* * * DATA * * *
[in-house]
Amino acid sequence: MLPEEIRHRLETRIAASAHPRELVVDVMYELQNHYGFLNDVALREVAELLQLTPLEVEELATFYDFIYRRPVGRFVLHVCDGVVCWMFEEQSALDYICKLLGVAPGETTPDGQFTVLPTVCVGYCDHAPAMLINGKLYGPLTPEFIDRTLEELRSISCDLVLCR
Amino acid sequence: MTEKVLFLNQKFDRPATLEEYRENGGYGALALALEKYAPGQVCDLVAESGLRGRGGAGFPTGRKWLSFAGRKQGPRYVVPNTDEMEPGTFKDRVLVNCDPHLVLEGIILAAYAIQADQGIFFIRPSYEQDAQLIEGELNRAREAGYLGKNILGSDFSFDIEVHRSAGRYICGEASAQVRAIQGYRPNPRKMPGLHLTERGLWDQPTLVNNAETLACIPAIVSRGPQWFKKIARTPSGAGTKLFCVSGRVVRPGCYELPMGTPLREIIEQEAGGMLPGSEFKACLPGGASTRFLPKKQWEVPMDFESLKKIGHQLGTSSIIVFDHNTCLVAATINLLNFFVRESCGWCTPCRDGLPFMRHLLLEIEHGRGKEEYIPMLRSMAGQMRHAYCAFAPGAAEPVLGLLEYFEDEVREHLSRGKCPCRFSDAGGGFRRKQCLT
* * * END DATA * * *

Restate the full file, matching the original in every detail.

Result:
[in-house]
Amino acid sequence: MLPEEIRHRLETRIAASAHPRELVVDVMYELQNHYGFLNDVALREVAELLQLTPLEVEELATFYDFIYRRPVGRFVLHVCDGVVCWMFEEQSALDYICKLLGVAPGETTPDGQFTVLPTVCVGYCDHAPAMLINGKLYGPLTPEFIDRTLEELRSISCDLVLCR
Amino acid sequence: MTEKVLFLNQKFDRPATLEEYRENGGYGALALALEKYAPGQVCDLVAESGLRGRGGAGFPTGRKWLSFAGRKQGPRYVVPNTDEMEPGTFKDRVLVNCDPHLVLEGIILAAYAIQADQGIFFIRPSYEQDAQLIEGELNRAREAGYLGKNILGSDFSFDIEVHRSAGRYICGEASAQVRAIQGYRPNPRKMPGLHLTERGLWDQPTLVNNAETLACIPAIVSRGPQWFKKIARTPSGAGTKLFCVSGRVVRPGCYELPMGTPLREIIEQEAGGMLPGSEFKACLPGGASTRFLPKKQWEVPMDFESLKKIGHQLGTSSIIVFDHNTCLVAATINLLNFFVRESCGWCTPCRDGLPFMRHLLLEIEHGRGKEEYIPMLRSMAGQMRHAYCAFAPGAAEPVLGLLEYFEDEVREHLSRGKCPCRFSDAGGGFRRKQCLT